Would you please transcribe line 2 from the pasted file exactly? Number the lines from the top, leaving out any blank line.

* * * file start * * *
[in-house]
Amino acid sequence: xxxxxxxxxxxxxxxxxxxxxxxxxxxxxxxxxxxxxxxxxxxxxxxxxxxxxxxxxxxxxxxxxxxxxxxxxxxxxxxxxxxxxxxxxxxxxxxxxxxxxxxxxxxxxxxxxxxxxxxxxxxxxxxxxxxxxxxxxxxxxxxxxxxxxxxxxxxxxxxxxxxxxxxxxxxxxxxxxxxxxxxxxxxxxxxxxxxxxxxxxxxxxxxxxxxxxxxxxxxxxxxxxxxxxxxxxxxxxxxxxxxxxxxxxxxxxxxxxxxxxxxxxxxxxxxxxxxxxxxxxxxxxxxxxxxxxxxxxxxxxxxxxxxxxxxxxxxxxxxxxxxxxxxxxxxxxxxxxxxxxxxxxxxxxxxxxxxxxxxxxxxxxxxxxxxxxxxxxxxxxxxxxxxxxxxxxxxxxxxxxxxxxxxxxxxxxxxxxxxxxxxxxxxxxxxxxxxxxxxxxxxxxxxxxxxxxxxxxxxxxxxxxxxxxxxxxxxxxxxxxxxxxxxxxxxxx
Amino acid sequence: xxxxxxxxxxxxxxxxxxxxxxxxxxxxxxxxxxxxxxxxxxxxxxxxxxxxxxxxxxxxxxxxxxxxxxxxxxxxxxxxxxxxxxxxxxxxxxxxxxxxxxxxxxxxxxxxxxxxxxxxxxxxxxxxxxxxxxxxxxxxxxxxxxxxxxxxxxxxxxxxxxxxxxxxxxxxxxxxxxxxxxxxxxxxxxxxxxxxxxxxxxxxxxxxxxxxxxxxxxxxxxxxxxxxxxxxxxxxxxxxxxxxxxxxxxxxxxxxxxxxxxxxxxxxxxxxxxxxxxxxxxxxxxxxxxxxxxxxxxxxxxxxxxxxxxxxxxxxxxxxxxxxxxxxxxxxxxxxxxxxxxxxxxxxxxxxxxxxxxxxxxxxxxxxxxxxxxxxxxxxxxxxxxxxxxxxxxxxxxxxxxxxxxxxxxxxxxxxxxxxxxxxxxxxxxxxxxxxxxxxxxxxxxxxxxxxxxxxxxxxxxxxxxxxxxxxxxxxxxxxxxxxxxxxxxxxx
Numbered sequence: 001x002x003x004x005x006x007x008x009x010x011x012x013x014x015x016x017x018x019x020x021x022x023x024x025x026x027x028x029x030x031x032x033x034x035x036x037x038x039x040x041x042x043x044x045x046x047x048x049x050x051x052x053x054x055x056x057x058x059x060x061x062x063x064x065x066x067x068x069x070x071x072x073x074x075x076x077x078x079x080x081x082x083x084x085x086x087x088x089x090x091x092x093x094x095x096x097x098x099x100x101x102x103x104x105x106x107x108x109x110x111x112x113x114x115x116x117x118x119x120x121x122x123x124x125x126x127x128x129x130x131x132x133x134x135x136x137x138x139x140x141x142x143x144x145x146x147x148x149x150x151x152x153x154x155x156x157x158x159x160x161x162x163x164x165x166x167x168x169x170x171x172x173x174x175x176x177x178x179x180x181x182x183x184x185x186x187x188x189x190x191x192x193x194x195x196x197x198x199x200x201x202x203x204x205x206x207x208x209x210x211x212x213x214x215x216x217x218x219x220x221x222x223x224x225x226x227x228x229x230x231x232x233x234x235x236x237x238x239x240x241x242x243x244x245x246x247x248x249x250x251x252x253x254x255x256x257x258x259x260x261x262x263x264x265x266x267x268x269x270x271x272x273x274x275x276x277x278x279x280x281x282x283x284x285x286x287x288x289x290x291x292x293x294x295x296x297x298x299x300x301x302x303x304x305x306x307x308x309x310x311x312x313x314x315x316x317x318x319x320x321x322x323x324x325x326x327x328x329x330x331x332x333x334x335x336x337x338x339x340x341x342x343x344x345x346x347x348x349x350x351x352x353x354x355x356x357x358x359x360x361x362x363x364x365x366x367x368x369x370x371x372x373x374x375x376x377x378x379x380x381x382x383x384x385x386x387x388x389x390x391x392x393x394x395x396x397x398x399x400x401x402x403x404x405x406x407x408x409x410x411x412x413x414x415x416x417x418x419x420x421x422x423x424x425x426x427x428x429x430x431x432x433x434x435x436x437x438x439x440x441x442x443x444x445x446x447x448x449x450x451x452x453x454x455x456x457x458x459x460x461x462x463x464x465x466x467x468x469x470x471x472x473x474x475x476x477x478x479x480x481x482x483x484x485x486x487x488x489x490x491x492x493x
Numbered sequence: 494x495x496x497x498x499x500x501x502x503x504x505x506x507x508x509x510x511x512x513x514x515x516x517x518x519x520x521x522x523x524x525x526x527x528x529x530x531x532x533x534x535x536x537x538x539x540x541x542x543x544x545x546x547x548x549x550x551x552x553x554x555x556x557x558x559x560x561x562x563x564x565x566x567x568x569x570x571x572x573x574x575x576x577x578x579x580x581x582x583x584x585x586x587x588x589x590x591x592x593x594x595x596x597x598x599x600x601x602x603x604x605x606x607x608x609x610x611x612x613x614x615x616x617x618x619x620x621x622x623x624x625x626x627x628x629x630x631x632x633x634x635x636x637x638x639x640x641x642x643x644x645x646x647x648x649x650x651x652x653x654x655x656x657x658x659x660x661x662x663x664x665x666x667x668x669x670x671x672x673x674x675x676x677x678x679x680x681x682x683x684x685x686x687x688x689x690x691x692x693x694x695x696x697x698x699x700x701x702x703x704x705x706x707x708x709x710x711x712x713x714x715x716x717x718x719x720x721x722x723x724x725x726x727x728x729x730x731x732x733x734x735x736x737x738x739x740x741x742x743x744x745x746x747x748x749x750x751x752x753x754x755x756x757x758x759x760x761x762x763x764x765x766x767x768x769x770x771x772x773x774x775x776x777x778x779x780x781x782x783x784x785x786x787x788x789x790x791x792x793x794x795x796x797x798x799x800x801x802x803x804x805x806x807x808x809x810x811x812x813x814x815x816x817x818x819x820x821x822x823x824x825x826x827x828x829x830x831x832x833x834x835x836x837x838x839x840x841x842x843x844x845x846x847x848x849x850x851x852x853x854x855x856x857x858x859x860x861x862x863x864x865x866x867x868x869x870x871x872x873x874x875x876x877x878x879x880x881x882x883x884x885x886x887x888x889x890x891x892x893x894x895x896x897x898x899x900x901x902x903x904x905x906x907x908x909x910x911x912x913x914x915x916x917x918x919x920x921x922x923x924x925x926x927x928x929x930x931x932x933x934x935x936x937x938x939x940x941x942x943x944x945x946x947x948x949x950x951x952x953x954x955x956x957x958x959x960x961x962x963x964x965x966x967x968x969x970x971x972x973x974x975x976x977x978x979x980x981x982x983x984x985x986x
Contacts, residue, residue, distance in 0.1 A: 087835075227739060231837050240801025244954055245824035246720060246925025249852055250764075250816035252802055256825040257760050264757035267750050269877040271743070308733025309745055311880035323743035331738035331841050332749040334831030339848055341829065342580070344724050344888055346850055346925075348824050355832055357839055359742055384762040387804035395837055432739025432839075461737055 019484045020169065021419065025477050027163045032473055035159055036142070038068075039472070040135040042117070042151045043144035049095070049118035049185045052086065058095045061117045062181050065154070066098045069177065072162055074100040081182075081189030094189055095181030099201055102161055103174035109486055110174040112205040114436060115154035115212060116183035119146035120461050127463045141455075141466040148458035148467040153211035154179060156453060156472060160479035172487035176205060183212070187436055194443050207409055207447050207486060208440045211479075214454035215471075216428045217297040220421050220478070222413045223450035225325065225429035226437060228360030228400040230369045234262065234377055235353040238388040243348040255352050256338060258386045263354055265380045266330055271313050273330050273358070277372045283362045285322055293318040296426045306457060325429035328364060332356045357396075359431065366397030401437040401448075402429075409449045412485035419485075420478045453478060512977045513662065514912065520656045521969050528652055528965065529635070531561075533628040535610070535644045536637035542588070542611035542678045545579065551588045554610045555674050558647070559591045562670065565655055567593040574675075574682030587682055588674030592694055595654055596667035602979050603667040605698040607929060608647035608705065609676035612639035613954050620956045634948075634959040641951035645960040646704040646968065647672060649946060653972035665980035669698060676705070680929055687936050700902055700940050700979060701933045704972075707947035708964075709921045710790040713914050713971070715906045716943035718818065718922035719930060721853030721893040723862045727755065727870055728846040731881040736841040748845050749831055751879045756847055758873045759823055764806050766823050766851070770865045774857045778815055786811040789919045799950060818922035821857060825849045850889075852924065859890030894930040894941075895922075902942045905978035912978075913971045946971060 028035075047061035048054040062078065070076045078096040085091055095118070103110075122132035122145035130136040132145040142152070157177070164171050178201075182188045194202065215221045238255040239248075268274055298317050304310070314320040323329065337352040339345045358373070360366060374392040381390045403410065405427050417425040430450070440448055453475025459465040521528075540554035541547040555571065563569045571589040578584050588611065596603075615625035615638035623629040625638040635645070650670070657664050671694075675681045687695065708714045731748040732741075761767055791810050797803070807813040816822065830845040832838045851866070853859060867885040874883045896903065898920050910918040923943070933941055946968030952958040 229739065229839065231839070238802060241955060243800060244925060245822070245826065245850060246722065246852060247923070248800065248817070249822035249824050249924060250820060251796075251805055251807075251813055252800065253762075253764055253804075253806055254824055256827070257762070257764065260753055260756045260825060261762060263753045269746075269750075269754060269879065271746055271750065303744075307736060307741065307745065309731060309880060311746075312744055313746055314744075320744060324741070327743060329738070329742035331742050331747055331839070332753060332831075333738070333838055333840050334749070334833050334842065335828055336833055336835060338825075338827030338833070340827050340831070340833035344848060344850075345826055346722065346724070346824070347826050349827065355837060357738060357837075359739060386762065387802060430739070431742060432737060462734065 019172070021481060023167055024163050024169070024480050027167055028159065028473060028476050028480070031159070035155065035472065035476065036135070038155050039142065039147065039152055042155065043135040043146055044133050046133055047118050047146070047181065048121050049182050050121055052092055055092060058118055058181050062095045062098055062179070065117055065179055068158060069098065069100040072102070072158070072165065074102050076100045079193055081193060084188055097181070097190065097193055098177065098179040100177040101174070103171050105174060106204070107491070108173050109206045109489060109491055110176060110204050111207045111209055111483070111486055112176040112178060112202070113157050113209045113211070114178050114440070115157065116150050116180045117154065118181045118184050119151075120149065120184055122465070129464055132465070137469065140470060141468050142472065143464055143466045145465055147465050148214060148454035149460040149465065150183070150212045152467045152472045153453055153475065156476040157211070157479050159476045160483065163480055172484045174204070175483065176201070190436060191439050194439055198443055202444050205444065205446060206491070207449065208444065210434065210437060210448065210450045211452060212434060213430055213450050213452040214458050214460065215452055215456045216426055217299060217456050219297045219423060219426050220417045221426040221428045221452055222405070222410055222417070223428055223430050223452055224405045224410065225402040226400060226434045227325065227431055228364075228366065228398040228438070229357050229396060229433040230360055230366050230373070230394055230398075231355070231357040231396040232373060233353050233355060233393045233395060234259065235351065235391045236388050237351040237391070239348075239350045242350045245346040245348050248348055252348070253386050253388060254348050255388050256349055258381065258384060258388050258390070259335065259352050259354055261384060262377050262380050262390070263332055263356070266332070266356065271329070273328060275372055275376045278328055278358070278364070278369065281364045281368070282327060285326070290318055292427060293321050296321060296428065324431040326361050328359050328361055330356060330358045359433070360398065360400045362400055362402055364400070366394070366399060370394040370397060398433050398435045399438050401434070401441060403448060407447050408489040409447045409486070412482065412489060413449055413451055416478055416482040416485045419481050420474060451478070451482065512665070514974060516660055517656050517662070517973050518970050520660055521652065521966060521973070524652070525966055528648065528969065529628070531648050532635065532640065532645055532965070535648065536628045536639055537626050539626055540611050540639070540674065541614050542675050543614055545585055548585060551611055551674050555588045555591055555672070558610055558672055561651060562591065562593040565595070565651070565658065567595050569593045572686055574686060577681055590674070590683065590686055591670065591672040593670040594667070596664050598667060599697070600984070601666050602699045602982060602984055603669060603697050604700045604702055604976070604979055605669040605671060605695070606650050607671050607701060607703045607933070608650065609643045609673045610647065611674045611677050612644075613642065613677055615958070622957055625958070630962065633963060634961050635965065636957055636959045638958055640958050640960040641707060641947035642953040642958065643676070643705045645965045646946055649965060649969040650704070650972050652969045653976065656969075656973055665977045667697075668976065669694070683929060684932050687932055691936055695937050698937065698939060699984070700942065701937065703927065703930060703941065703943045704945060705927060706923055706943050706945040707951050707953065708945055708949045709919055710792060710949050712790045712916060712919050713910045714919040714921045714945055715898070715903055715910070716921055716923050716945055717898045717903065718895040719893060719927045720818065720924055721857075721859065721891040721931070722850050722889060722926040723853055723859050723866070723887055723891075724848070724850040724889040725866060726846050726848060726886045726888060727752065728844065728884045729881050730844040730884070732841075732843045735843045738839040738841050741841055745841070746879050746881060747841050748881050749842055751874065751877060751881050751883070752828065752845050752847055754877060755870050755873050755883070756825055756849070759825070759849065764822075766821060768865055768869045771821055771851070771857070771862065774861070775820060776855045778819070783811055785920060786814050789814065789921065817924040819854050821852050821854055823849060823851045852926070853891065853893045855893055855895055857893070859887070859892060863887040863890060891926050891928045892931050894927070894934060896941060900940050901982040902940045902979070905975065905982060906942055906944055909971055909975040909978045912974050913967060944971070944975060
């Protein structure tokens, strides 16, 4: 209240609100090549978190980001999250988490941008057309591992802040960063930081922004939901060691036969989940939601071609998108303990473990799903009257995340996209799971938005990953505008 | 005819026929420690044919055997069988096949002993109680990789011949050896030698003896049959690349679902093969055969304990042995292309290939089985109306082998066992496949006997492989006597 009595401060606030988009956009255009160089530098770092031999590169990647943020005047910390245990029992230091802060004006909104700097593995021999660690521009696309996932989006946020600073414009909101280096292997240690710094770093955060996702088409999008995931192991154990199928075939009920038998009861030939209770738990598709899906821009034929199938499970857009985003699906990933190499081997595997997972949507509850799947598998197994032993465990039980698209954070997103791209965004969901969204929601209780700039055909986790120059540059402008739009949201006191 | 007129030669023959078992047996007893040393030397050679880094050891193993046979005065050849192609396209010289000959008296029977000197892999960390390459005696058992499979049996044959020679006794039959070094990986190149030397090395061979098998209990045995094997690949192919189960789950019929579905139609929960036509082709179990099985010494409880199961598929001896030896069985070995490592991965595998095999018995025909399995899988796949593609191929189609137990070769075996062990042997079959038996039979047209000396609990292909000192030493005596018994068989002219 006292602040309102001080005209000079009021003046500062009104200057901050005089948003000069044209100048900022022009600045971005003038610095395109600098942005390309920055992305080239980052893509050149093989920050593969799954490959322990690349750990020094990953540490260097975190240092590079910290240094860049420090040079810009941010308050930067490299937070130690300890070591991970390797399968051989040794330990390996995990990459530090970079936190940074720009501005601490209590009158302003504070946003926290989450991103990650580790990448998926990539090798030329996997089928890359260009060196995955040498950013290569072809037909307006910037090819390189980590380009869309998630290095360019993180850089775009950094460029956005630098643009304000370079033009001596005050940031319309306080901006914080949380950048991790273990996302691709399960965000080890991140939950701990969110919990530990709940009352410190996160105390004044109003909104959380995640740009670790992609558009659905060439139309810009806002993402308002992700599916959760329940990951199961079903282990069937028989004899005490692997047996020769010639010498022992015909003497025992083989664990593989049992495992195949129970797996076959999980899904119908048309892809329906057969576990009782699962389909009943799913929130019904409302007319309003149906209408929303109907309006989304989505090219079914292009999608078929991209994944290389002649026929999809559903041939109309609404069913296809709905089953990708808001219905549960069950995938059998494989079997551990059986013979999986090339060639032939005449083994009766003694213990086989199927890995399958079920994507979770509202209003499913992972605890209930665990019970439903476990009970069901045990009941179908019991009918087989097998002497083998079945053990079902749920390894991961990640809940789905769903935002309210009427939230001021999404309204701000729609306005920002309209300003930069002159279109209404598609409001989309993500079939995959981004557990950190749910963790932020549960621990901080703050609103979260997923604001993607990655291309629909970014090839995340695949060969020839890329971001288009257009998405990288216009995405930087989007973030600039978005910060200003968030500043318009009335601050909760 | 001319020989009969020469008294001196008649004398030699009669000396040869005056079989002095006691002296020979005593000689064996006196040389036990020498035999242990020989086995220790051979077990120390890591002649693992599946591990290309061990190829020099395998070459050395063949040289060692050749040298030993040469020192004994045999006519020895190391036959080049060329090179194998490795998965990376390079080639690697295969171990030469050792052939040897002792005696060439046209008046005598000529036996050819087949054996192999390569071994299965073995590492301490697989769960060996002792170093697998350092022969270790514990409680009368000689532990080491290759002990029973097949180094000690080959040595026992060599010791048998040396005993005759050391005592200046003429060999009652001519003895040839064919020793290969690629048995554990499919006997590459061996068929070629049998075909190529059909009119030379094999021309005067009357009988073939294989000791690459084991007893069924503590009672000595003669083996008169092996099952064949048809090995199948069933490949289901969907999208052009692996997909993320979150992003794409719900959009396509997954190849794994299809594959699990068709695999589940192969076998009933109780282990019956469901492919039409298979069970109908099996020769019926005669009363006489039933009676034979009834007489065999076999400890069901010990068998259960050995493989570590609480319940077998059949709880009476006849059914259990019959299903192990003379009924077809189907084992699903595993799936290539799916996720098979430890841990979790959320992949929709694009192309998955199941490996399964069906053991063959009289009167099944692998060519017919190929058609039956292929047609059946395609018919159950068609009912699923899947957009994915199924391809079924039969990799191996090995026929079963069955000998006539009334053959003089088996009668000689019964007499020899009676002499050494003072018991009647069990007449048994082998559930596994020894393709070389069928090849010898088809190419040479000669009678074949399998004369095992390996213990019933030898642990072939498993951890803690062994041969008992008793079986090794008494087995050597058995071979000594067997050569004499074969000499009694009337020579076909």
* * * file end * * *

Amino acid sequence: xxxxxxxxxxxxxxxxxxxxxxxxxxxxxxxxxxxxxxxxxxxxxxxxxxxxxxxxxxxxxxxxxxxxxxxxxxxxxxxxxxxxxxxxxxxxxxxxxxxxxxxxxxxxxxxxxxxxxxxxxxxxxxxxxxxxxxxxxxxxxxxxxxxxxxxxxxxxxxxxxxxxxxxxxxxxxxxxxxxxxxxxxxxxxxxxxxxxxxxxxxxxxxxxxxxxxxxxxxxxxxxxxxxxxxxxxxxxxxxxxxxxxxxxxxxxxxxxxxxxxxxxxxxxxxxxxxxxxxxxxxxxxxxxxxxxxxxxxxxxxxxxxxxxxxxxxxxxxxxxxxxxxxxxxxxxxxxxxxxxxxxxxxxxxxxxxxxxxxxxxxxxxxxxxxxxxxxxxxxxxxxxxxxxxxxxxxxxxxxxxxxxxxxxxxxxxxxxxxxxxxxxxxxxxxxxxxxxxxxxxxxxxxxxxxxxxxxxxxxxxxxxxxxxxxxxxxxxxxxxxxxxxxxxxxxxx